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Posts Tagged ‘Maria Stuarda’

Contemporary Music

Within minutes of taking my Choir seat behind even the sound crew, I began to wonder what I was doing at the Pet Shop Boys Prom. I hated the electromush of the 80’s with a vengeance, though I’ve liked some of the PSB’s crossover stuff – the musical, the ballet and the film live accompaniment. As it turned out, it wasn’t bad – a musicals style overture made up of nine PSB songs, another four PSB songs arranged for Chrissie Hynde (in white tails) and orchestra and a suite (?) about the life and loves of Alan Turing. I’ve never much liked narration to orchestral music (c/f Vaughan Williams Sinfonia Antarctica) and there was way too much in this (even if it was Juliet Stevenson), though the rest didn’t seem half bad. If only…..

Opera

Gloria A Pigtale was a quirky, surreal experience, particularly because it was at Covent Garden’s Linbury Studio. The music reminded me of the more manic Kurt Weill and the staging and design (with a sausage curtain!) were great fun. Even though it was only 80 mins, it didn’t really sustain its length and would have been better as part of a double-bill (but with what?). Still, you have to admire an opera with a line of puppet frogs in red tutus!

The Royal Opera House, Covent Garden gave me my third Maria Stuarda in nine months, following WNO and MetLive. It was musically stunning, with Joyce DiDonato at the peak of her extraordinary powers, as she had been in MetLive, but you had to suffer some preposterous stuff in a production which had the two queens in period dress and everyone else in modern dress and Elizabeth without her wig in public carrying an executioners axe! If only it had been the Met’s production and their Elizabeth (who actually shaved her head for the role!) with everything else from Covent Garden. Never trust a French-Belgian production team with British history (even when its written by Italians based on a German play)!

Classical Music

When I booked to see Thomas Tallis at the Sam Wanamaker Playhouse, I was expecting a candlelit concert by The Sixteen. As it turned out, it was a series of scenes from the life of the 16th century composer interspersed with a dozen pieces of his music. In addition to Tallis as a character himself, we got Henry VIII, the young Edward VI, Elizabeth I and Dr Dee amongst others, which illustrated how Tallis’ life and work were caught up in the flip-flopping from Catholicism to Protestantism in Britain at the time. Unexpected, but both biographically illuminating and an aural pleasure.

Dance

I’m not sure what I was doing at Brazil Braziliero, or indeed why it was at Sadler’s Wells (more Peacock Theatre, I’d say). The talent, energy and quality were all there, but the show that purported to present the history of the samba somehow seemed like one of those tourist culture shows they’re often trying to entice you to when travelling. It probably wasn’t helped by the emptiest Sadler’s Wells I’ve ever sat in. There were good individual components, but it just didn’t work as a whole for me.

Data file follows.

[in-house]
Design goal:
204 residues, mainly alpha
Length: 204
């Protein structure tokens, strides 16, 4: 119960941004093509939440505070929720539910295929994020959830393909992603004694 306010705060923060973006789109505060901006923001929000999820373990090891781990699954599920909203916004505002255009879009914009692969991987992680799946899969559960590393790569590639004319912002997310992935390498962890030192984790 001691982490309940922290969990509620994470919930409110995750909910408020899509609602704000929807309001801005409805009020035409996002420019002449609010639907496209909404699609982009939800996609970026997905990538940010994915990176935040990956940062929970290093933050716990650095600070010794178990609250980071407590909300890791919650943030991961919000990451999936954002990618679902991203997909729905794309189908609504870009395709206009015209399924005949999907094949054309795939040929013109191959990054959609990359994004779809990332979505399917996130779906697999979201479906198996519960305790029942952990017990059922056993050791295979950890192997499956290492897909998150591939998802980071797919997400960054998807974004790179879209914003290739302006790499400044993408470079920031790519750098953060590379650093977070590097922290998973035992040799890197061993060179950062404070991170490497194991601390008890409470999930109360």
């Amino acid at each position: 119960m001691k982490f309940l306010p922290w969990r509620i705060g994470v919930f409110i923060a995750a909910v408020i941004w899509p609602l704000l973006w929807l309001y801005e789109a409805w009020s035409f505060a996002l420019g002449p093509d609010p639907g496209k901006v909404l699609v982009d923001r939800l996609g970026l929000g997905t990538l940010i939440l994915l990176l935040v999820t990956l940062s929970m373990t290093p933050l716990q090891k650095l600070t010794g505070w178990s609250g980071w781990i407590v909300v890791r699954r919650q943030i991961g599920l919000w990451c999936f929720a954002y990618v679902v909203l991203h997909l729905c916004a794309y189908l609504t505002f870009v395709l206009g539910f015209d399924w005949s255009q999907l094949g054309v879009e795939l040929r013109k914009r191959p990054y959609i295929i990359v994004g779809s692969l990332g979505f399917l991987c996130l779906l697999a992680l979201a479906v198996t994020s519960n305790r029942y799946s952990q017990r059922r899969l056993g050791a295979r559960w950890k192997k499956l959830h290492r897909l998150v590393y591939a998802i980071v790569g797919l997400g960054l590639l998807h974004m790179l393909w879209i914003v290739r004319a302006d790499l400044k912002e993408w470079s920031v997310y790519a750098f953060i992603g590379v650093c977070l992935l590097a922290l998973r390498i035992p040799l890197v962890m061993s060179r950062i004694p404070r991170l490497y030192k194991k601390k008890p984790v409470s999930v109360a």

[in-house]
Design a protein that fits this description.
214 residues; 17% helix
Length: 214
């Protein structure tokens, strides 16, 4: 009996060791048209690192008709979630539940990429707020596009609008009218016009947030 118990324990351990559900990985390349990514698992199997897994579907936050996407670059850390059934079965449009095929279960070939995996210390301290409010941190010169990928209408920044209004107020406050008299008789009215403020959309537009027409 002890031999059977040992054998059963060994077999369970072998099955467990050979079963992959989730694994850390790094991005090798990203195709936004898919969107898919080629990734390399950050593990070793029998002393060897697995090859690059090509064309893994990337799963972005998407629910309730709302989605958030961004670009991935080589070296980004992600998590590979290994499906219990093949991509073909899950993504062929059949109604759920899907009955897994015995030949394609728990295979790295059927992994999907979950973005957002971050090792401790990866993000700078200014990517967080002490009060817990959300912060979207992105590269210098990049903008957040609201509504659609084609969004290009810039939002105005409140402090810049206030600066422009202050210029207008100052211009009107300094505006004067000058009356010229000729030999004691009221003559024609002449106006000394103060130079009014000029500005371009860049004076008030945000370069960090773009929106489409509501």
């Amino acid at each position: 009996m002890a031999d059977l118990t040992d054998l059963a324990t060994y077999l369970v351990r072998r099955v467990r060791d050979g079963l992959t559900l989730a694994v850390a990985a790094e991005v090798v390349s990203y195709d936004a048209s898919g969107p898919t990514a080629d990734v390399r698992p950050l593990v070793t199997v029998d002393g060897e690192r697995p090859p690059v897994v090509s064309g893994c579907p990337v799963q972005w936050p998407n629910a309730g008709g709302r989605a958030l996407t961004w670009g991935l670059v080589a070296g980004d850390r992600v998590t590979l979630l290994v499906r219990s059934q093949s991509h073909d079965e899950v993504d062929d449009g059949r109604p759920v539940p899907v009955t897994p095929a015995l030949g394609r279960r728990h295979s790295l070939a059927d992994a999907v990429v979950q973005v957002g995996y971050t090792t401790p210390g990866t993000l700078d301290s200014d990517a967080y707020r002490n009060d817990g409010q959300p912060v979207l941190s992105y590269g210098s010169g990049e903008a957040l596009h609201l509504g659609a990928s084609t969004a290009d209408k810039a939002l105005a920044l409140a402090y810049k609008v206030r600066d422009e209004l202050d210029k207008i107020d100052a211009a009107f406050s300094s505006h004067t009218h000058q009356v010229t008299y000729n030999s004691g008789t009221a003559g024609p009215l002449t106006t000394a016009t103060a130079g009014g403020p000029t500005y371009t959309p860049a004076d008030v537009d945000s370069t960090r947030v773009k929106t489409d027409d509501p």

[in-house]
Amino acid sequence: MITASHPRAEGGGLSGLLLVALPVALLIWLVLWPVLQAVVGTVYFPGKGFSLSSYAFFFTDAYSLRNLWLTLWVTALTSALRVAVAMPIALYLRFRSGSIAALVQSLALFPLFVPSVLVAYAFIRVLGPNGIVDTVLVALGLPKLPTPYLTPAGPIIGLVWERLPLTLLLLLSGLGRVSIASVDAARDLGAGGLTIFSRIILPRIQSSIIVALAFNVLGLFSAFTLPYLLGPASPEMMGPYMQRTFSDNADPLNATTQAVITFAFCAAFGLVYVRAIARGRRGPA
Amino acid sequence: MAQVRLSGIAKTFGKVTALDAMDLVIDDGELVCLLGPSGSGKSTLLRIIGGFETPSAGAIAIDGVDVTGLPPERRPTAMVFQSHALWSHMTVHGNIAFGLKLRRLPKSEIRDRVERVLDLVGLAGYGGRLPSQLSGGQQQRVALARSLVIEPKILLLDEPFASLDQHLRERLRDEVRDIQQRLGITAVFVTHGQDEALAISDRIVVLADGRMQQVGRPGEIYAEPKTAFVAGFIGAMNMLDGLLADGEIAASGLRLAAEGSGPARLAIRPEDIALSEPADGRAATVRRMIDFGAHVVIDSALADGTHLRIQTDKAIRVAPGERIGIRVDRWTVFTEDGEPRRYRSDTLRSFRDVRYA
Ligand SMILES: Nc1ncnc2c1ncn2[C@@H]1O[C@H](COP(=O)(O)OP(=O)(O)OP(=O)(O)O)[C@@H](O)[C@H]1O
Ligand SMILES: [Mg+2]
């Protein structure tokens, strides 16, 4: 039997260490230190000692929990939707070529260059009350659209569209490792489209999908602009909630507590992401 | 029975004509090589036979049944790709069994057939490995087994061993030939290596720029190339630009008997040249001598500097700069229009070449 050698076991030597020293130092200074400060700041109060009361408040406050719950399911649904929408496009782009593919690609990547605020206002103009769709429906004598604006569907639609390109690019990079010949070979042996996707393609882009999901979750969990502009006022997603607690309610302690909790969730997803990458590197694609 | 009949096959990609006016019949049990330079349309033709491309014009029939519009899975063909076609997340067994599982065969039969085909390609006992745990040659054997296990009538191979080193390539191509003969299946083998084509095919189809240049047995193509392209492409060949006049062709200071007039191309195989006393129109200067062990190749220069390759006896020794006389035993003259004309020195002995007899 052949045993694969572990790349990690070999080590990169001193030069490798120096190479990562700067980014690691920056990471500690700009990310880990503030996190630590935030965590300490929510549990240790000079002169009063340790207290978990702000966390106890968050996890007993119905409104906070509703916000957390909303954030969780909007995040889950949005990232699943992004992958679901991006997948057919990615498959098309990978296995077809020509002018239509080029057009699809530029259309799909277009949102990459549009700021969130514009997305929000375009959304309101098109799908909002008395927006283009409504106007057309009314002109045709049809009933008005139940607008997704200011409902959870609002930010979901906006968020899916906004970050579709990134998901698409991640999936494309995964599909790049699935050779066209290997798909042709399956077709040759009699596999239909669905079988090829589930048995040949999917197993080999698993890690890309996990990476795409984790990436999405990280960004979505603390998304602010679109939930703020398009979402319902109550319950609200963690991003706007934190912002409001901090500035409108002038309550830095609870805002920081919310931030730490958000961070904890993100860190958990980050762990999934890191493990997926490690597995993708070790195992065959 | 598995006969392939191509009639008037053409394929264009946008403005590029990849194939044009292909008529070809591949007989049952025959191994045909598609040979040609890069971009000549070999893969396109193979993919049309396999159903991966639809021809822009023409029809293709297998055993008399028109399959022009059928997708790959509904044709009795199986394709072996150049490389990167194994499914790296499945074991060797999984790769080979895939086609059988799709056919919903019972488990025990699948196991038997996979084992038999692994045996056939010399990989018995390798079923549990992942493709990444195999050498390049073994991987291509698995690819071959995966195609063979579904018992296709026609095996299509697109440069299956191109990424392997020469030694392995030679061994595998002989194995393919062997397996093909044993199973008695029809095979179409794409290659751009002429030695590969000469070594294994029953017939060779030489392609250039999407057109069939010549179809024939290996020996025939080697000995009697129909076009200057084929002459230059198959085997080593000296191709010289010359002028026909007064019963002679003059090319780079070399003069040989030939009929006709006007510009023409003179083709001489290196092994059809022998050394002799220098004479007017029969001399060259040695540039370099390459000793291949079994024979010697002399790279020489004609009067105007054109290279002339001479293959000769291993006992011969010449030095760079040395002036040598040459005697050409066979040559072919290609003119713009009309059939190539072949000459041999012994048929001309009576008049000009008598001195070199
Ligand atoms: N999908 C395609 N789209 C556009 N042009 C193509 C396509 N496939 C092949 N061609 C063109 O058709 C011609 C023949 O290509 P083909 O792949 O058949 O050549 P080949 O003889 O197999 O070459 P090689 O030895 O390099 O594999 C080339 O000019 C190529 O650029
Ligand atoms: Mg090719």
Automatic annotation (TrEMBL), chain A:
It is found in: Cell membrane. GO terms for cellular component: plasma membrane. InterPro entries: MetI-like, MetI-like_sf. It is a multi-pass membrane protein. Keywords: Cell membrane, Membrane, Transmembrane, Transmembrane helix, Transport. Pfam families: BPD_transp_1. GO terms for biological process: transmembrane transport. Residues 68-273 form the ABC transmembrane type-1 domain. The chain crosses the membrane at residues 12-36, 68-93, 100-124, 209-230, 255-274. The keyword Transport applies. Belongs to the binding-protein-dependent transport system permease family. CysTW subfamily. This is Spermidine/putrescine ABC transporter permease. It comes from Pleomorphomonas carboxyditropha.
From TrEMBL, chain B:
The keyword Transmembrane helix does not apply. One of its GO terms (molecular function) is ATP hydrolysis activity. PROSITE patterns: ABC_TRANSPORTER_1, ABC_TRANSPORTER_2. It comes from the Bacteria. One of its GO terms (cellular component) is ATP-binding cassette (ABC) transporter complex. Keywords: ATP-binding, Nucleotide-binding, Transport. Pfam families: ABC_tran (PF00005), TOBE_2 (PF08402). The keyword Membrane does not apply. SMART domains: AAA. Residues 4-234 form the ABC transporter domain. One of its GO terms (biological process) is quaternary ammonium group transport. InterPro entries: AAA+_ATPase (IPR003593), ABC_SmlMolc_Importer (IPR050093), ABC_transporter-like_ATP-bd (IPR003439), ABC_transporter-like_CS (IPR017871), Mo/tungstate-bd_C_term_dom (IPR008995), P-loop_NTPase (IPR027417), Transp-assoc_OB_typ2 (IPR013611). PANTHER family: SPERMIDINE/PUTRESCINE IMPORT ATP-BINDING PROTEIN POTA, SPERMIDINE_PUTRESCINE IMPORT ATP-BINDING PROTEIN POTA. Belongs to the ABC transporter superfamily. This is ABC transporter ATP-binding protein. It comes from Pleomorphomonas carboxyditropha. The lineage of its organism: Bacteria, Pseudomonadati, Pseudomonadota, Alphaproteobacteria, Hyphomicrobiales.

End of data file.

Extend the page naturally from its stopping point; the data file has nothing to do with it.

Film

I broke my 15-week cinema famine by seeing Boyhood, filmed over twelve years as the actors aged and an extraordinary achievement. It fully sustained its 2h45m length and it was a great one for my return!

I enjoyed Begin Again, though it took a while to take off, the time switching was a bit confusing and Mark Ruffalo was initially very irritating. It won me over though with its feel-good story and unpredictability.

Art

David Hockney’s exhibition at Annely Juda contained new charcoal drawings and colour prints from the iPad paintings shown in his RA exhibition a few years back. The colour prints were editions of 25 for sale and all had been sold. I asked the price and then worked out that they would have grossed over £8m. A few days later I photographed the Monument to the Unknown Artist at Bankside whose inscription is ‘Don’t applaud, just throw money’!

The Hayward’s exhibition The Human Factor features sculptures of people, but only a handful impressed me. There was so much modern tosh that the good pieces were in danger of being overlooked. Unimpressed.

It was difficult to enjoy Matisse Cut-Outs at Tate Modern as it was so busy. At first, though I found it vibrant and colourful, I wasn’t convinced of their artistic merit. As it progressed I did warm to it and toward the end was more convinced. I will have to go back at a quieter time, though, if such a thing exists at a blockbuster exhibition these days.

I know I say this every year, but the NPG Portrait Award exhibition seems to have trumped itself again with a terrific selection. I noticed a trend towards realism this year, which in my more conservative view is no bad thing. Also at the NPG, an exhibition about Virginia Wolf brought together photographs, paintings, books and diaries by her and her circle, which seemed like a London who’s who of the first half of the 20th century. I have to confess I had no idea she was so prolific, or had so many famous friends!

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Contemporary Music

I didn’t consider SO Peter Gabriel’s ‘masterpiece’ until this concert. There are better songs on other albums, but somehow this one hangs together best. It was the ‘main course’ of a 140-minute meal which also included two new songs and lots more oldies. The visuals were excellent and the sound was superb. His voice sounds better than it ever did and the band of regulars were as tight as can be. There was a touch of theatricality and more than a touch of idiosyncrasy and I loved it!